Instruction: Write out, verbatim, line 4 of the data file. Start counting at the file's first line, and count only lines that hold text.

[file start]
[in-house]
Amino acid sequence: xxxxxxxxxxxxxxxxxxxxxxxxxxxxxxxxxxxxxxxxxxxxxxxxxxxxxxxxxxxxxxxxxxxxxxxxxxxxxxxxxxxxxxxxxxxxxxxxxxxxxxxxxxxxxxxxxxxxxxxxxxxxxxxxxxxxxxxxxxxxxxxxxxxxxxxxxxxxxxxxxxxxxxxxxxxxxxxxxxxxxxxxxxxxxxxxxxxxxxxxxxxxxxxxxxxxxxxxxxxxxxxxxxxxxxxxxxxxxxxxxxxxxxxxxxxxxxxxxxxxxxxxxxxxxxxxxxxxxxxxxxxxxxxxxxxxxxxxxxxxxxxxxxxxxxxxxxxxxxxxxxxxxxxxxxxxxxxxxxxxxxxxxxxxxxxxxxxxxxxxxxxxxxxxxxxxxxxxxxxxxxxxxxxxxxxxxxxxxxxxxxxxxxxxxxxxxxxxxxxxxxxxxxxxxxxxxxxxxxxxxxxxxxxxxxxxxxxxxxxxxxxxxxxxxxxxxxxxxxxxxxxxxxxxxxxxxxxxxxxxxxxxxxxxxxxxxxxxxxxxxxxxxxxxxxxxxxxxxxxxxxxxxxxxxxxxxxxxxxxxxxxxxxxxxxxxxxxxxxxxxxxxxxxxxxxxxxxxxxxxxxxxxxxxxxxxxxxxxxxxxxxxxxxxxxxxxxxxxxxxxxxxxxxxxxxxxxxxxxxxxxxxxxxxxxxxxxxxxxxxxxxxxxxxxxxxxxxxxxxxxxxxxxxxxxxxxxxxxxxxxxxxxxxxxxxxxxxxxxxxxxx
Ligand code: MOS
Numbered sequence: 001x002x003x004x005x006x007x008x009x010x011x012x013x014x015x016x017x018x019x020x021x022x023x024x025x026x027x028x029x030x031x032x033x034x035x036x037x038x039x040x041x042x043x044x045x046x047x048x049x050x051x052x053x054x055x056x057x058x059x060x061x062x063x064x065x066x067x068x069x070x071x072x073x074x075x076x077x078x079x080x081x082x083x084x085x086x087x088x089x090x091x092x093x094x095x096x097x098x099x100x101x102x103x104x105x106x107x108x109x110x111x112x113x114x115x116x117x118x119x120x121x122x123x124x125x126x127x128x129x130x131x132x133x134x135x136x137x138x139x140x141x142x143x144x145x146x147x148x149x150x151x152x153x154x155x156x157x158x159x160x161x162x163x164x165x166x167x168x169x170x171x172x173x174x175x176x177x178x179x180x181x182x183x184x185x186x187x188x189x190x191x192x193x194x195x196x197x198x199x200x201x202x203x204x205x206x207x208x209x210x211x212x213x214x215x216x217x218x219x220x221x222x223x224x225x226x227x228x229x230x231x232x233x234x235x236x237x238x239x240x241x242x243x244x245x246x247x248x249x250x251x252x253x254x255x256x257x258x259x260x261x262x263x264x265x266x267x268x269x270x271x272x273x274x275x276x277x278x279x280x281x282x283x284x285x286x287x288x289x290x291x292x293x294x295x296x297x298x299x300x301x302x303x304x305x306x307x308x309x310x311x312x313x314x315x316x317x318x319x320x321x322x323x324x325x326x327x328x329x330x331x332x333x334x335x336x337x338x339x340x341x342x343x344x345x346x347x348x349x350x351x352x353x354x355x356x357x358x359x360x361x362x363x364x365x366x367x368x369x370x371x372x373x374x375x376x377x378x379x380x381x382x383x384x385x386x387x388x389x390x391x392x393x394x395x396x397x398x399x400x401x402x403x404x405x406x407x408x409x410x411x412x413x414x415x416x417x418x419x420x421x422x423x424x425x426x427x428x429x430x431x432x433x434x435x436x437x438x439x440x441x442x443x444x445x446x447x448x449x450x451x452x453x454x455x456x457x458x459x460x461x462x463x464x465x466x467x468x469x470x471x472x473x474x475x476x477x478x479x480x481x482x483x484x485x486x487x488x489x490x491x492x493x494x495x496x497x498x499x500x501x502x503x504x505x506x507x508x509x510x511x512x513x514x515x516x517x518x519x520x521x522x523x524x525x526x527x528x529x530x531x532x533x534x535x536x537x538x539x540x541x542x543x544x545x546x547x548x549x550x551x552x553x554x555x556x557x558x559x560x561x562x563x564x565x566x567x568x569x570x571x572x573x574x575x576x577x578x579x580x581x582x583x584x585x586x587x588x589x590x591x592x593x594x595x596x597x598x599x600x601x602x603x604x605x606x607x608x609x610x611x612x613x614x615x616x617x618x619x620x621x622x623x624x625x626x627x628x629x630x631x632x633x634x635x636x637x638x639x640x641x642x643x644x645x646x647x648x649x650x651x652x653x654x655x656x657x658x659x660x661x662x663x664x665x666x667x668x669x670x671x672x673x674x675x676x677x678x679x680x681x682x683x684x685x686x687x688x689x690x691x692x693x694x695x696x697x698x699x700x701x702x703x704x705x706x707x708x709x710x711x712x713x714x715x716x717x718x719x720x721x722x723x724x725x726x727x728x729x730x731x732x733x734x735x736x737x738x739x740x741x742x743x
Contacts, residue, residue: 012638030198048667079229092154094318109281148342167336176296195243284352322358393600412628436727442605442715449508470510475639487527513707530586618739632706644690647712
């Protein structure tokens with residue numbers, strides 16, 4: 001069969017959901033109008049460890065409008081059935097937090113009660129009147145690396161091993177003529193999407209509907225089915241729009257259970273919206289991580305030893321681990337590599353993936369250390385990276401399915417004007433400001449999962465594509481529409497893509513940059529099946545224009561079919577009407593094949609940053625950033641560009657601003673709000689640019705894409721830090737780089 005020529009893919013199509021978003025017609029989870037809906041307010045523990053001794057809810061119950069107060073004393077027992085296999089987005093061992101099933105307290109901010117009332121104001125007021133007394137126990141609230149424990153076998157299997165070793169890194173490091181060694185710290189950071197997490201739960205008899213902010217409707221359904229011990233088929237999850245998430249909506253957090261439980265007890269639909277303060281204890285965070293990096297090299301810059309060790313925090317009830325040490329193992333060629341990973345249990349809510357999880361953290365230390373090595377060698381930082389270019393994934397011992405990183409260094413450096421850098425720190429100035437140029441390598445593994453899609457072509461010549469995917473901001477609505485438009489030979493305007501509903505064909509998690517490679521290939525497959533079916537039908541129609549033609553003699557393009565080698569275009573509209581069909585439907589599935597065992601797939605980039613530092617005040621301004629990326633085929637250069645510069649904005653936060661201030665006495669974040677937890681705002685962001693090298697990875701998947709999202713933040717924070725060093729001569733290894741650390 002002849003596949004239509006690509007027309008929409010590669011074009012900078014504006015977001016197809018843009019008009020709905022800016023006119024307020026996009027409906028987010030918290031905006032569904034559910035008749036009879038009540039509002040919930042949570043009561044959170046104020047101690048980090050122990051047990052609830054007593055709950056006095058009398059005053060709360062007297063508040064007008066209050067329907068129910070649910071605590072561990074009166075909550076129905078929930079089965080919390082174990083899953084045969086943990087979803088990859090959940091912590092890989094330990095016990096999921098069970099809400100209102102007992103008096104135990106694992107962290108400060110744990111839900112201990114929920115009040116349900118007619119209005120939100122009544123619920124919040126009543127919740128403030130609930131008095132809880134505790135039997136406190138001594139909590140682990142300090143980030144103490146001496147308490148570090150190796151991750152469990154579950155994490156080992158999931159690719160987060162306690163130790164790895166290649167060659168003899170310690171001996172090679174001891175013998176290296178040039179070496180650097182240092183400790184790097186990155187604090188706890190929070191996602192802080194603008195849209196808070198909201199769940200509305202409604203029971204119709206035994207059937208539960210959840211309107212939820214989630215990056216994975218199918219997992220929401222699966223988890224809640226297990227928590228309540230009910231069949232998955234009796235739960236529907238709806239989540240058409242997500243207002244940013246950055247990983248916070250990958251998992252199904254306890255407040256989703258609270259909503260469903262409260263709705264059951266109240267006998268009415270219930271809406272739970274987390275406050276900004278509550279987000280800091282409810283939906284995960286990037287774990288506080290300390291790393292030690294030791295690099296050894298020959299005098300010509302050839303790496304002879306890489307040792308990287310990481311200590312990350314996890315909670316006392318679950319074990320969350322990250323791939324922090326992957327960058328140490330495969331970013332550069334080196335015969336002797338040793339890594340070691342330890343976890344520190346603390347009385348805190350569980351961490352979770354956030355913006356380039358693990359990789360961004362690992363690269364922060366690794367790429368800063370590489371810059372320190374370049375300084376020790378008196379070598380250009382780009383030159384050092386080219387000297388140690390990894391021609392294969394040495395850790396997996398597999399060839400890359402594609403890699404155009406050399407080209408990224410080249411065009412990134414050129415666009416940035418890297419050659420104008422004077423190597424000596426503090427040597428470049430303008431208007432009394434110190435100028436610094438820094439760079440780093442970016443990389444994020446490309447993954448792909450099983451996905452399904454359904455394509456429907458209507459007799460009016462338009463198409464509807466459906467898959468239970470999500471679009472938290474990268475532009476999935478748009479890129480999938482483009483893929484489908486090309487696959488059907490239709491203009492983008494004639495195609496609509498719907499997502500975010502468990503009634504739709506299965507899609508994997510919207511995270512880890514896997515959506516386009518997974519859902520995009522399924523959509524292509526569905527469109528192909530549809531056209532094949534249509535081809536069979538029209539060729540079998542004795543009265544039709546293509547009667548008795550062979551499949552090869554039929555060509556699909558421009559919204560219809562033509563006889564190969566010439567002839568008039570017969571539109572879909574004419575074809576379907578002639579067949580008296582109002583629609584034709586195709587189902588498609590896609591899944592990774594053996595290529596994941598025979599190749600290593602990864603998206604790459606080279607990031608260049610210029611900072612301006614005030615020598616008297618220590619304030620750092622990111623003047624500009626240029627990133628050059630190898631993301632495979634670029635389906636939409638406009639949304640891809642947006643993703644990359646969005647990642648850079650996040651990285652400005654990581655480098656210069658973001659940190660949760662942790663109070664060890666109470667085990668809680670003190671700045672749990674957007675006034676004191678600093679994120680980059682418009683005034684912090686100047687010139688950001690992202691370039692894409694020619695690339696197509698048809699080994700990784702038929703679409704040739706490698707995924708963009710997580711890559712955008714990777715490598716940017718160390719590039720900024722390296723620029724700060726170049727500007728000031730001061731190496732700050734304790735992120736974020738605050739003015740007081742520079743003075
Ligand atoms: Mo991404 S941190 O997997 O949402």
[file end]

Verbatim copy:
Numbered sequence: 001x002x003x004x005x006x007x008x009x010x011x012x013x014x015x016x017x018x019x020x021x022x023x024x025x026x027x028x029x030x031x032x033x034x035x036x037x038x039x040x041x042x043x044x045x046x047x048x049x050x051x052x053x054x055x056x057x058x059x060x061x062x063x064x065x066x067x068x069x070x071x072x073x074x075x076x077x078x079x080x081x082x083x084x085x086x087x088x089x090x091x092x093x094x095x096x097x098x099x100x101x102x103x104x105x106x107x108x109x110x111x112x113x114x115x116x117x118x119x120x121x122x123x124x125x126x127x128x129x130x131x132x133x134x135x136x137x138x139x140x141x142x143x144x145x146x147x148x149x150x151x152x153x154x155x156x157x158x159x160x161x162x163x164x165x166x167x168x169x170x171x172x173x174x175x176x177x178x179x180x181x182x183x184x185x186x187x188x189x190x191x192x193x194x195x196x197x198x199x200x201x202x203x204x205x206x207x208x209x210x211x212x213x214x215x216x217x218x219x220x221x222x223x224x225x226x227x228x229x230x231x232x233x234x235x236x237x238x239x240x241x242x243x244x245x246x247x248x249x250x251x252x253x254x255x256x257x258x259x260x261x262x263x264x265x266x267x268x269x270x271x272x273x274x275x276x277x278x279x280x281x282x283x284x285x286x287x288x289x290x291x292x293x294x295x296x297x298x299x300x301x302x303x304x305x306x307x308x309x310x311x312x313x314x315x316x317x318x319x320x321x322x323x324x325x326x327x328x329x330x331x332x333x334x335x336x337x338x339x340x341x342x343x344x345x346x347x348x349x350x351x352x353x354x355x356x357x358x359x360x361x362x363x364x365x366x367x368x369x370x371x372x373x374x375x376x377x378x379x380x381x382x383x384x385x386x387x388x389x390x391x392x393x394x395x396x397x398x399x400x401x402x403x404x405x406x407x408x409x410x411x412x413x414x415x416x417x418x419x420x421x422x423x424x425x426x427x428x429x430x431x432x433x434x435x436x437x438x439x440x441x442x443x444x445x446x447x448x449x450x451x452x453x454x455x456x457x458x459x460x461x462x463x464x465x466x467x468x469x470x471x472x473x474x475x476x477x478x479x480x481x482x483x484x485x486x487x488x489x490x491x492x493x494x495x496x497x498x499x500x501x502x503x504x505x506x507x508x509x510x511x512x513x514x515x516x517x518x519x520x521x522x523x524x525x526x527x528x529x530x531x532x533x534x535x536x537x538x539x540x541x542x543x544x545x546x547x548x549x550x551x552x553x554x555x556x557x558x559x560x561x562x563x564x565x566x567x568x569x570x571x572x573x574x575x576x577x578x579x580x581x582x583x584x585x586x587x588x589x590x591x592x593x594x595x596x597x598x599x600x601x602x603x604x605x606x607x608x609x610x611x612x613x614x615x616x617x618x619x620x621x622x623x624x625x626x627x628x629x630x631x632x633x634x635x636x637x638x639x640x641x642x643x644x645x646x647x648x649x650x651x652x653x654x655x656x657x658x659x660x661x662x663x664x665x666x667x668x669x670x671x672x673x674x675x676x677x678x679x680x681x682x683x684x685x686x687x688x689x690x691x692x693x694x695x696x697x698x699x700x701x702x703x704x705x706x707x708x709x710x711x712x713x714x715x716x717x718x719x720x721x722x723x724x725x726x727x728x729x730x731x732x733x734x735x736x737x738x739x740x741x742x743x